May 23, 2018

Initial Data Presented From SPYRAL HTN-ON MED Study of Medtronic's Symplicity Spyral Renal Denervation System

May 23, 2018—Medtronic announced first-ever data from the SPYRAL HTN-ON MED study. Initial study results found statistically significant and clinically important blood pressure reductions in hypertensive patients prescribed antihypertension medications treated with the company's Symplicity Spyral renal denervation (RDN) system with no major adverse safety events out to 6 months.

The data were presented as a Late-Breaking Trial at the 2018 EuroPCR annual meeting held May 22–25 in Paris, France. The findings were published online simultaneously by David E. Kandzari, MD, et al in The Lancet.

Medtronic reported that at 6 months, patients randomized to the RDN procedure experienced an average 9-mm Hg drop in 24-hour mean systolic ambulatory blood pressure, resulting in a 7.4-mm Hg difference compared with patients in the sham control arm (P = .005). For RDN patients, 24-hour mean diastolic ambulatory blood pressure also declined by 6 mm Hg, which is 4.1 mm Hg lower than the sham control arm (P = .029).

The investigators found that average office systolic blood pressure in patients in the RDN arm declined by 9.4 mm Hg, which is a 6.8-mm Hg difference from the sham control arm (P = .021), and the office diastolic blood pressure declined by 5.2 mm Hg, a 3.5-mm Hg difference from the sham control arm (P = .048).

Additional analysis of the cyclical hourly changes in blood pressure demonstrated that the blood pressure–lowering effects of RDN were distributed throughout the day and, importantly, throughout the nighttime period when blood pressure control is even more critical because of higher risks of adverse events like heart attack and stroke caused by hypertension.

Patients in the SPYRAL HTN-ON MED study were prescribed a stable regimen of up to three antihypertensive medications, including diuretics, calcium channel blockers, angiotensin-converting enzyme inhibitors, angiotensin receptor blockers, or beta blockers. Similar to recent studies of uncontrolled hypertension, drug testing indicated that adherence to prescribed antihypertensive medication was inadequate, with approximately 60% of patients found to be taking medications as prescribed. Medication adherence remains a challenge in controlling hypertension in patients resulting in intermittent blood pressure control that can lead to an increased risk for cardiovascular events.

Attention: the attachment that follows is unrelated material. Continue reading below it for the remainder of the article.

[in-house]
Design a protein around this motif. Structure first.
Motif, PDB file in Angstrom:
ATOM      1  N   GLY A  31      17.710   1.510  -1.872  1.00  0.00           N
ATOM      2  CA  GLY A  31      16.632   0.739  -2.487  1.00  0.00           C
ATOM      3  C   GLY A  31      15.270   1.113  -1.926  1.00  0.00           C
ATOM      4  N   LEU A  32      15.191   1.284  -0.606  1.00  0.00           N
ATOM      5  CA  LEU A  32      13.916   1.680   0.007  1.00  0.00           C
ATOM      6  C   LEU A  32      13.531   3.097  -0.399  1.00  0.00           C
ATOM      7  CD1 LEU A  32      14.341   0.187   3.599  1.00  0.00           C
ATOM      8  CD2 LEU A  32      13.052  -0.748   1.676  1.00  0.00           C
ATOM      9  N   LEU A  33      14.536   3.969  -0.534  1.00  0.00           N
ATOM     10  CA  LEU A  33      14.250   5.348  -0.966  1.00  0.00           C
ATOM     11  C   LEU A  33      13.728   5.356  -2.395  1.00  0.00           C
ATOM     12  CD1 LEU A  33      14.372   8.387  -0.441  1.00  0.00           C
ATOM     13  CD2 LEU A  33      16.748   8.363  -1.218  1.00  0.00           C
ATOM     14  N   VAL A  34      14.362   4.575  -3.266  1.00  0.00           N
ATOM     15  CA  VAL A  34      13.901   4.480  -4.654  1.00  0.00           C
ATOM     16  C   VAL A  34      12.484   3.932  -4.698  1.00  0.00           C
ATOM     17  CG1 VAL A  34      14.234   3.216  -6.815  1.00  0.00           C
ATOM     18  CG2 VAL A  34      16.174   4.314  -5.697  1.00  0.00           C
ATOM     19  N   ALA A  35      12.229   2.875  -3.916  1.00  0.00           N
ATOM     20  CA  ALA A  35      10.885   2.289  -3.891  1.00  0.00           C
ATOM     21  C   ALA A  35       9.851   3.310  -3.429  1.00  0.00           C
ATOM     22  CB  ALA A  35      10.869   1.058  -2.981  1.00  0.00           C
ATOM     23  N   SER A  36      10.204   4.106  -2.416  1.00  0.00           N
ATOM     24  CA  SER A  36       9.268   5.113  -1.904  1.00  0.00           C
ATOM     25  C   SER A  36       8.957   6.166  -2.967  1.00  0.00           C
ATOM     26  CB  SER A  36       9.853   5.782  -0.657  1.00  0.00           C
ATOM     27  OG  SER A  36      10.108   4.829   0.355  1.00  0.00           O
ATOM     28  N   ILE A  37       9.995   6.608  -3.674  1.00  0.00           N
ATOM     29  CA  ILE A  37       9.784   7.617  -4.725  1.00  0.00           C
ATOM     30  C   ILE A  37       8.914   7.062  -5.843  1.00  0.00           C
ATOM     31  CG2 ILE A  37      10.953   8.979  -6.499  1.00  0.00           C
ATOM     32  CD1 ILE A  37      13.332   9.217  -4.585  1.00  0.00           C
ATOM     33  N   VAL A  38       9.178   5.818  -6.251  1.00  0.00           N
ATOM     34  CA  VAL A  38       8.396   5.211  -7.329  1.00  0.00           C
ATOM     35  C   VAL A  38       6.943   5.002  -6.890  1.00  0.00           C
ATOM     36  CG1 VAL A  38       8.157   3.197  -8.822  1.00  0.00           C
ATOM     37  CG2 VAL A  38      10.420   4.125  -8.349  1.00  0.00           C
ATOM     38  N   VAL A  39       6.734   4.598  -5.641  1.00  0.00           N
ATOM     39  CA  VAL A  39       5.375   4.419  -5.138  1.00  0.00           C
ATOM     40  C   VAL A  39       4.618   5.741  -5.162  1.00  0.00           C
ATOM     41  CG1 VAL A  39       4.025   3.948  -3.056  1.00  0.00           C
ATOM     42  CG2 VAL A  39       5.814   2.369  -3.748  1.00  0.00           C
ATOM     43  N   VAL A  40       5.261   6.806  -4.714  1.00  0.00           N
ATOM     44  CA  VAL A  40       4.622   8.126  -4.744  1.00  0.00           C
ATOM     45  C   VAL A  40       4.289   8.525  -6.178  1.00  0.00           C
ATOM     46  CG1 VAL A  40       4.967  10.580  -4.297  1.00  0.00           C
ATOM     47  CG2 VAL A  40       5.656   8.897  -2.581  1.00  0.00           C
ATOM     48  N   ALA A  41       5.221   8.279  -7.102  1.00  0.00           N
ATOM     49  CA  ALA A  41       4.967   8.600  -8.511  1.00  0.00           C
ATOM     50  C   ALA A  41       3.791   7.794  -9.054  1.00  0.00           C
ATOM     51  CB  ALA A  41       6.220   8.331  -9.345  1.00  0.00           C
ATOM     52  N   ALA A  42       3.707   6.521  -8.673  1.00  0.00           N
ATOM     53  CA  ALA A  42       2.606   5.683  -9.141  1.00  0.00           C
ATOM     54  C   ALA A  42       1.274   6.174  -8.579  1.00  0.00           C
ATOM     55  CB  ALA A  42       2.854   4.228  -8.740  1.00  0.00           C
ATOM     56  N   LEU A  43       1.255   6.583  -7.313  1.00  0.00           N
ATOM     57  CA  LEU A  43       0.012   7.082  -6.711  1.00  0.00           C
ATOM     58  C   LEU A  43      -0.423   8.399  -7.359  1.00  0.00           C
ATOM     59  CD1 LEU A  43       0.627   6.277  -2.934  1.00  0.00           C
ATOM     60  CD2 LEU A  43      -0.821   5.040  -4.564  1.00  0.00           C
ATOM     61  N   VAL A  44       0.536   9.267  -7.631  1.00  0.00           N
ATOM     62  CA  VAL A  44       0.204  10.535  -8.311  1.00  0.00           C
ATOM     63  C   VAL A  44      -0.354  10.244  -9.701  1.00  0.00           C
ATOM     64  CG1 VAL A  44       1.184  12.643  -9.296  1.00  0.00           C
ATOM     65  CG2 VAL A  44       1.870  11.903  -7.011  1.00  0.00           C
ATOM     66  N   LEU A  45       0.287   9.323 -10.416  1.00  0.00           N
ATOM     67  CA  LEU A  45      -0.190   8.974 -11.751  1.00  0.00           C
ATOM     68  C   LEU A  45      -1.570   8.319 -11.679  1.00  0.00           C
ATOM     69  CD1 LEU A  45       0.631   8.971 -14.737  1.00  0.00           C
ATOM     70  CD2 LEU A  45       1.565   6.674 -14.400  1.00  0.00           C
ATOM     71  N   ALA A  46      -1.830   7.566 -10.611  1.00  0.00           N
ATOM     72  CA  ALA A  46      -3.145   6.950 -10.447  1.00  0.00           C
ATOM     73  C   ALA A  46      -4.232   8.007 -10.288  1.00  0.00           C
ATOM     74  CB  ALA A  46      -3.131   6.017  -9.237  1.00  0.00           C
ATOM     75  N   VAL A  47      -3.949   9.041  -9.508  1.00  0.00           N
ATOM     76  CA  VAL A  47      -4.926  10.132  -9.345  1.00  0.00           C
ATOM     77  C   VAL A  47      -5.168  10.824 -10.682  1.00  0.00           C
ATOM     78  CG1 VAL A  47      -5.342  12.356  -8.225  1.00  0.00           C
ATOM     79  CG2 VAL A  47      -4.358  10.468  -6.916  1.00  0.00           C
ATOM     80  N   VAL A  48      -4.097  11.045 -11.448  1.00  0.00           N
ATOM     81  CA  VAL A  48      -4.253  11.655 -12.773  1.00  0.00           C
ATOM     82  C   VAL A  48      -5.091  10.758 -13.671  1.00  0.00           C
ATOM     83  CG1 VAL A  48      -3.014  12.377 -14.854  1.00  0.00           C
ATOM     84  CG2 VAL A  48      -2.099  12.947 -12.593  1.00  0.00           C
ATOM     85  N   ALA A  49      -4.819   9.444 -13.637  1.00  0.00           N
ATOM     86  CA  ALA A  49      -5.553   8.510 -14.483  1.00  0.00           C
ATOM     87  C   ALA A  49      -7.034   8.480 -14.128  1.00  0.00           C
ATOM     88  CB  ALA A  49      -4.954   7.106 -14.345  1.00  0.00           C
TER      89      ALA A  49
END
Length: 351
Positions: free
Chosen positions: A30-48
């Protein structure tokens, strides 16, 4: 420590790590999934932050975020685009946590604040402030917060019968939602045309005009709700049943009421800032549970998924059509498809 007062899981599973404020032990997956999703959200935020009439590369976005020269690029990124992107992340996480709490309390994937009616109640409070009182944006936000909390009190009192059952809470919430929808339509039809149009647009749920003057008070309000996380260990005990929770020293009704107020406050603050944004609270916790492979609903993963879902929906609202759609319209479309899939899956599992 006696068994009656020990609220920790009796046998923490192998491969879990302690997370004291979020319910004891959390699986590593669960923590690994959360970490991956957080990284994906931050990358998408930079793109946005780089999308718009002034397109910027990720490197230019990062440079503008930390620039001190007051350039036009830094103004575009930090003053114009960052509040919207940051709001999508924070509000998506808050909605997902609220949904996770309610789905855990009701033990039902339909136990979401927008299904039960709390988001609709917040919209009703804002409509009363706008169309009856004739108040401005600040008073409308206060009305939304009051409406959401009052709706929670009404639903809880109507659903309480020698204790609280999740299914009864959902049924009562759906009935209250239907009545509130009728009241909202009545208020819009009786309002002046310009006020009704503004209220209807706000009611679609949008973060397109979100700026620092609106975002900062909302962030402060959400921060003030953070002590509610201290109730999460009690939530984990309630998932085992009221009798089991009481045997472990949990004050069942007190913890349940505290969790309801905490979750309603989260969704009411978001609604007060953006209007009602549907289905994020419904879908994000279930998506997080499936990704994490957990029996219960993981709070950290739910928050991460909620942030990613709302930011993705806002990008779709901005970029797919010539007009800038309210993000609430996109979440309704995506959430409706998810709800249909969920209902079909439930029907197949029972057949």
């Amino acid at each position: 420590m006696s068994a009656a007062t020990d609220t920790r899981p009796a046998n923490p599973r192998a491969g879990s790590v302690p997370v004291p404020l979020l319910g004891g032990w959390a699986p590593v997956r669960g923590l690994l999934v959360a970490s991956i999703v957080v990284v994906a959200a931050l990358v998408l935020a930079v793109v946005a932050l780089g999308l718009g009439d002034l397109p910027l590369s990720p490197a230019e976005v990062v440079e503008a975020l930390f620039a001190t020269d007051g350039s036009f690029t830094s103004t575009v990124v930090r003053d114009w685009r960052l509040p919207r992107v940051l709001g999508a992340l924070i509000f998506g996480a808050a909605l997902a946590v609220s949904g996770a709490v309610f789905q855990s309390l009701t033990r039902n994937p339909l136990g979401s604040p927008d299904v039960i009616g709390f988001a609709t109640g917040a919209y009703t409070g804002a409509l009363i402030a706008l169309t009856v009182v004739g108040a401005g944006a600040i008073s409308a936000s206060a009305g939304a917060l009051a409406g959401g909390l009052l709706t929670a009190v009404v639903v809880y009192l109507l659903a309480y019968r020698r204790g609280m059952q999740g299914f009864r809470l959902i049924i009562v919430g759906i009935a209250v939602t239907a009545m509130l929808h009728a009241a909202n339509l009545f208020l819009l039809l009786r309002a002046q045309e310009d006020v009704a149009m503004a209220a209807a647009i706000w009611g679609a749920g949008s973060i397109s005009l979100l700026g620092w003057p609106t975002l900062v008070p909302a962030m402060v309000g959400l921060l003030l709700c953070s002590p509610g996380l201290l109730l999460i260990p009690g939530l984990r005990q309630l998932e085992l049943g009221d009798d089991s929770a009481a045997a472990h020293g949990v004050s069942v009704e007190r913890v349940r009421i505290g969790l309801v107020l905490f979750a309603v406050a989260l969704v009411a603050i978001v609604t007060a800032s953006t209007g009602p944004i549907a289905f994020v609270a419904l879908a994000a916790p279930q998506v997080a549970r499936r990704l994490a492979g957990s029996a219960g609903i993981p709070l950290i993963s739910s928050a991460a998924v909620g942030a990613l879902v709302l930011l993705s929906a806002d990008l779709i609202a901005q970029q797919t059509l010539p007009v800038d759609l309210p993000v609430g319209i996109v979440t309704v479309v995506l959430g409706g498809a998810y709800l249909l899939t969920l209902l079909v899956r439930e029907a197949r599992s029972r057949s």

The company advised that the global SPYRAL HTN clinical program—composed of the ON MED and OFF MED trials—has now moved into its final pivotal phase. The clinical program utilizes the Medtronic next-generation RDN technology, composed of the flexible, 6-F guide catheter–compatible Symplicity Spyral multielectrode RDN catheter and Symplicity G3 RDN RF radiofrequency generator. The Symplicity Spyral system is an investigational device in the United States and Japan.

Dr. Kandzari, the study's Coprincipal Investigator, commented in the company's announcement, “Data from the SPYRAL HTN-ON MED study is important for the clinical community and for patients with hypertension as it represents a typical scenario of managing uncontrolled hypertension patients, prescribed up to three blood pressure medications. With these new results, mirroring those of the parallel SPYRAL HTN-OFF MED trial, we have convincing evidence at 6 months showing the continued safety and efficacy of RDN in both the presence and absence of blood pressure medication.”

Raymond Townsend, MD, Coprincipal Investigator in the trial, added, “We are encouraged by these data showing the procedure may enable a blood pressure lowering effect 24 hours a day. RDN is essentially ‘always on’ even when the effect of medications may be subsiding between doses. These data also show that treatment with RDN in the main renal artery and branches with the Spyral system can help reduce blood pressure.”


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